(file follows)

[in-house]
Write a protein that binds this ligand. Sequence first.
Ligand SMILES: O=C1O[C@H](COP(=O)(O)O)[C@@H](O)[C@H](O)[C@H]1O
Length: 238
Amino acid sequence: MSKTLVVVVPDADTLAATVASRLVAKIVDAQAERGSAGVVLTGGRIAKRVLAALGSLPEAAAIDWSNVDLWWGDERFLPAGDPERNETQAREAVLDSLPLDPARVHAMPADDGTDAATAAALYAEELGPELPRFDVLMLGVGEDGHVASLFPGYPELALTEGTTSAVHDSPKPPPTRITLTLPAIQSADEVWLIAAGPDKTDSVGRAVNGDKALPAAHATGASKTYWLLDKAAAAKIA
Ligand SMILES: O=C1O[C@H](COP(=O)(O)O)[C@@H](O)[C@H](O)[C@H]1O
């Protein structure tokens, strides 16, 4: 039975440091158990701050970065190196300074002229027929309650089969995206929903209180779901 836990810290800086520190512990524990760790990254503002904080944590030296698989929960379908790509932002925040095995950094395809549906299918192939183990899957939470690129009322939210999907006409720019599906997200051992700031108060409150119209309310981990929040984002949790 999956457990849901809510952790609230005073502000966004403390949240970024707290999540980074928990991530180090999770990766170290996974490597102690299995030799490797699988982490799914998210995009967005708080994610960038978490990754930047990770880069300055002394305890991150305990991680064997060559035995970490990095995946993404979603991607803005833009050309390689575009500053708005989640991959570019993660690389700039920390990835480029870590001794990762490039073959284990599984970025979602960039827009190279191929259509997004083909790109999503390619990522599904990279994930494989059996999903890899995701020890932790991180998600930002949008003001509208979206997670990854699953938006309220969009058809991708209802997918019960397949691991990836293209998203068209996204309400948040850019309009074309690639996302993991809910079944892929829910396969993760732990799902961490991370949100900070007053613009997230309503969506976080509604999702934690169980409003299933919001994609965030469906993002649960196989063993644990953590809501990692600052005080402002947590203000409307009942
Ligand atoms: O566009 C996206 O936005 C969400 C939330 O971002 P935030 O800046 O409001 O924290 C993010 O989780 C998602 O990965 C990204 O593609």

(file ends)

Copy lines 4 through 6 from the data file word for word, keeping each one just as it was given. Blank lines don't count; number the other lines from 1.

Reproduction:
Length: 238
Amino acid sequence: MSKTLVVVVPDADTLAATVASRLVAKIVDAQAERGSAGVVLTGGRIAKRVLAALGSLPEAAAIDWSNVDLWWGDERFLPAGDPERNETQAREAVLDSLPLDPARVHAMPADDGTDAATAAALYAEELGPELPRFDVLMLGVGEDGHVASLFPGYPELALTEGTTSAVHDSPKPPPTRITLTLPAIQSADEVWLIAAGPDKTDSVGRAVNGDKALPAAHATGASKTYWLLDKAAAAKIA
Ligand SMILES: O=C1O[C@H](COP(=O)(O)O)[C@@H](O)[C@H](O)[C@H]1O